July 05, 2021 14:11
The U.S. has made it clear that joint military drills with South Korea will go ahead as planned next month, rebuffing calls from politicians here to postpone them in order to woo North Korea back to talks.
Pentagon spokesperson John Supple told Radio Free Asia last Friday, "There has been no change to the schedule of our planned training event."
"Military readiness is a top priority of the secretary of defense. Our combined military training events are a principal method of ensuring our combined alliance readiness," he added.
"These training events are non-provocative, defensive in nature, and are intended to maintain alliance readiness to ensure we are ready to 'fight tonight' in order to keep Americans and the people of Korea safe."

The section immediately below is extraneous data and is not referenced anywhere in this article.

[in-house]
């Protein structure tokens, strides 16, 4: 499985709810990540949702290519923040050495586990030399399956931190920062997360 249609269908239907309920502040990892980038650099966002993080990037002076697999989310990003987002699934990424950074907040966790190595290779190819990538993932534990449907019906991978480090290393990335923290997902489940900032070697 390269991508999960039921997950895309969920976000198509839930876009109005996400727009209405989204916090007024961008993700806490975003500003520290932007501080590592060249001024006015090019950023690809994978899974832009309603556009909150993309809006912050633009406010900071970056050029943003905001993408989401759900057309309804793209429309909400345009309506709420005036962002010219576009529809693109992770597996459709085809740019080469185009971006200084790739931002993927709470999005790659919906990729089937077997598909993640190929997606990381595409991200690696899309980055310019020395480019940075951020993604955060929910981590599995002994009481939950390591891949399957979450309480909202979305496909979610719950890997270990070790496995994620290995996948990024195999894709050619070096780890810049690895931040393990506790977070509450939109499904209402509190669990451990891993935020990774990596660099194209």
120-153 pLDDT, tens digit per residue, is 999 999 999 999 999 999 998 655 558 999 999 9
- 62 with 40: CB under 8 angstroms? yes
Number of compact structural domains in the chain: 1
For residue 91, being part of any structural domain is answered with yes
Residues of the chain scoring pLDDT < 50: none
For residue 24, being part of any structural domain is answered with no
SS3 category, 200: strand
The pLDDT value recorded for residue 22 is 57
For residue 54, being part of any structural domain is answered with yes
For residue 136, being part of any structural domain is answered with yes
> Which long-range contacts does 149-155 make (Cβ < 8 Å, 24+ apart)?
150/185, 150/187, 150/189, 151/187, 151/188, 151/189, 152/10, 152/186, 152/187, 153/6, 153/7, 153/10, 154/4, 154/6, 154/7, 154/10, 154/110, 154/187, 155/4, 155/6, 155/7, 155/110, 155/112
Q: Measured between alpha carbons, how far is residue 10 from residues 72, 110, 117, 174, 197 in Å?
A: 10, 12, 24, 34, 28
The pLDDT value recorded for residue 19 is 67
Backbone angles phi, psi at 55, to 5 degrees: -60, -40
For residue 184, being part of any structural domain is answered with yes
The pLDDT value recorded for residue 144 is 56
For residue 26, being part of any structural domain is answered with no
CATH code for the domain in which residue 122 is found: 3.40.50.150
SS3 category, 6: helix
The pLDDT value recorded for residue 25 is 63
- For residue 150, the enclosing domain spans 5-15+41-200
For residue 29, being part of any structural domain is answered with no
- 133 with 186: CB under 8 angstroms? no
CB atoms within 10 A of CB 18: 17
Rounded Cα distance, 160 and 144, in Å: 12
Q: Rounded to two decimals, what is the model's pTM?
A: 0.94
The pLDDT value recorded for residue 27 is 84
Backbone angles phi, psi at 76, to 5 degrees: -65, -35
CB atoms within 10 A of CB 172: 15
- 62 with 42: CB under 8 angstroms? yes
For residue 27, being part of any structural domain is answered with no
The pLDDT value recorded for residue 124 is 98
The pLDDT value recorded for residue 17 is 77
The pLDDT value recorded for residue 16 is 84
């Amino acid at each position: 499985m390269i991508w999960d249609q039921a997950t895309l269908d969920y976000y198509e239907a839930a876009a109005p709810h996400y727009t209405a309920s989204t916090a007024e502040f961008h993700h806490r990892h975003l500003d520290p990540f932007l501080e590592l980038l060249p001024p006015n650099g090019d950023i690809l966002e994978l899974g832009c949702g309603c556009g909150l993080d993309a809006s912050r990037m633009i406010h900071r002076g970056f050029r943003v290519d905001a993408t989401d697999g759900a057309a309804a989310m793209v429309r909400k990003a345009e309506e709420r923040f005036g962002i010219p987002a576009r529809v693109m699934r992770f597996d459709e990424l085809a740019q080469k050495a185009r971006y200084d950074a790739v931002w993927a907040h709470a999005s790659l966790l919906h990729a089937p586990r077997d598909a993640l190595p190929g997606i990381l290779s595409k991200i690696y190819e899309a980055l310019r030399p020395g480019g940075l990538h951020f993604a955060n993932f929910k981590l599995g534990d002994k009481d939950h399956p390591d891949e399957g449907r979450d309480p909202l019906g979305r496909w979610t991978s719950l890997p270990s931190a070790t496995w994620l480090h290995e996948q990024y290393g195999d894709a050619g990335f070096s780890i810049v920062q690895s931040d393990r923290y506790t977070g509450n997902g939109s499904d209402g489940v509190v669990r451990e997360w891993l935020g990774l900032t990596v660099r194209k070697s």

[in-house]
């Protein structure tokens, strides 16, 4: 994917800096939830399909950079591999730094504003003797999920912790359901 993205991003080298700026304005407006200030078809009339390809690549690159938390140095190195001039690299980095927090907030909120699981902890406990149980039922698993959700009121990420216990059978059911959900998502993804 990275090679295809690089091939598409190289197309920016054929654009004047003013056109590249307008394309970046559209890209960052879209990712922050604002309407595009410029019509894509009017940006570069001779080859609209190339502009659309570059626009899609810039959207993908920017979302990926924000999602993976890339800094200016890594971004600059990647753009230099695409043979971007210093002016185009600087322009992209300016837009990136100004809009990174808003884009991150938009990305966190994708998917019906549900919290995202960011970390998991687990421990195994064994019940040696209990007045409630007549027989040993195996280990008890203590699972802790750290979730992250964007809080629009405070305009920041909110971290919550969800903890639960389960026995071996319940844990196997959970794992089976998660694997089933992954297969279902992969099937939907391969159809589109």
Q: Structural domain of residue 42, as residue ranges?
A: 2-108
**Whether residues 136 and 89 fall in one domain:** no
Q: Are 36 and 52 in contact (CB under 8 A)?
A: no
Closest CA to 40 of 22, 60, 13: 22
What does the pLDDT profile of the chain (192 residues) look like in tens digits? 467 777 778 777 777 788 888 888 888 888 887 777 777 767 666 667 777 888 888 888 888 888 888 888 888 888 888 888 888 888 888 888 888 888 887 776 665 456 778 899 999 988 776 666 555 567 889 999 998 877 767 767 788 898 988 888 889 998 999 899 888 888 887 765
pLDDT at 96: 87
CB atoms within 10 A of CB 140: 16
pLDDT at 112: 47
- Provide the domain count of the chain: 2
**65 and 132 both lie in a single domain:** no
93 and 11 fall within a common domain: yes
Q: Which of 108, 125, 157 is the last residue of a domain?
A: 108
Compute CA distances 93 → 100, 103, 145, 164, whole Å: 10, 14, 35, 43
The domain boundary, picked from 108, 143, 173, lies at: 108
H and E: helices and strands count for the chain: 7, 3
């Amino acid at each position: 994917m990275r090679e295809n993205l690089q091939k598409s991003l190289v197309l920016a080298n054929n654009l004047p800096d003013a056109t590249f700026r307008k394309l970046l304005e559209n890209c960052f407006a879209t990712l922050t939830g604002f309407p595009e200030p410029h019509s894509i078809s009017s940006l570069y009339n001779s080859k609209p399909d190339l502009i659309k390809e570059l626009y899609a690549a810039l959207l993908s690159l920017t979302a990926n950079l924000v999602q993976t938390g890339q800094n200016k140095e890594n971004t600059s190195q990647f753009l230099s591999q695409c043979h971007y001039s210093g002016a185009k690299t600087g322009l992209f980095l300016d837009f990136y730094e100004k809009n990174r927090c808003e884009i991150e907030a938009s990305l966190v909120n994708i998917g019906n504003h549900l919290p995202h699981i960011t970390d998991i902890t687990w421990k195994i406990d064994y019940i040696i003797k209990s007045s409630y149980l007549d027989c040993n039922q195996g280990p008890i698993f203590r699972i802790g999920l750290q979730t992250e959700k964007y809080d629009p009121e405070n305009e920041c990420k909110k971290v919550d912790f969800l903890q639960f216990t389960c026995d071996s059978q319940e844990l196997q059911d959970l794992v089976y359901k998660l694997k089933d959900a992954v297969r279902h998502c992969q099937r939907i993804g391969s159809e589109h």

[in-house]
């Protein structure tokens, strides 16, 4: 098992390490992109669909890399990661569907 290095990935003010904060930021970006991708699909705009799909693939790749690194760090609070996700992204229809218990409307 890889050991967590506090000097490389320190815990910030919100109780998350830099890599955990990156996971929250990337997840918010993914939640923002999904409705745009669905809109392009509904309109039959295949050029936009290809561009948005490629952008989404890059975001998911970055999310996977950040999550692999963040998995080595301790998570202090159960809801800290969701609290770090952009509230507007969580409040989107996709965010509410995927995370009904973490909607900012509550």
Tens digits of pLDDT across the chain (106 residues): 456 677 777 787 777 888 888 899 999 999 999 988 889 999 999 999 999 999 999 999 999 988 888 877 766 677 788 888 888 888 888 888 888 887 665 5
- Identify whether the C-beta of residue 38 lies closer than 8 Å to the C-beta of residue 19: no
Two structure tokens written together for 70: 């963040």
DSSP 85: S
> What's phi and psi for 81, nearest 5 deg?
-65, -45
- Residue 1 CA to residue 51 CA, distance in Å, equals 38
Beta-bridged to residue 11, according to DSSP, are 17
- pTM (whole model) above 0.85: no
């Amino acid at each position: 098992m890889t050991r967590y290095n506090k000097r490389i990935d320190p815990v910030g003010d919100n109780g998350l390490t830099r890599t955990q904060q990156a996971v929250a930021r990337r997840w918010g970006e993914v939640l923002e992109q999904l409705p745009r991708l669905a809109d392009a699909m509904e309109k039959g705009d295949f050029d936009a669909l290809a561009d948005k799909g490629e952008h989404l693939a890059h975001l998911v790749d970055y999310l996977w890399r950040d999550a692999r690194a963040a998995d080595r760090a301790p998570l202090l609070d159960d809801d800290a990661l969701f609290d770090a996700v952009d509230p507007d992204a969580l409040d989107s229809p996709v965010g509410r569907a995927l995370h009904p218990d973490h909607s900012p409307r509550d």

Gen. Paul LaCamera, the new commander of the U.S. Forces Korea, also emphasized combat readiness in a speech during a change-of-command ceremony at Camp Humphreys in Pyeongtaek, Gyeonggi Province last Friday.
"Being ready to fight tonight means maintaining combat capability, creating time and space to enable the diplomatic process, thus preserving options for leaders."
But South Korean military authorities are still trying to wrangle a reduction in scope or scale. "I understand that the joint drills will highly likely be conducted for about 10 days from Aug. 16 without any field maneuvers," a military source said.
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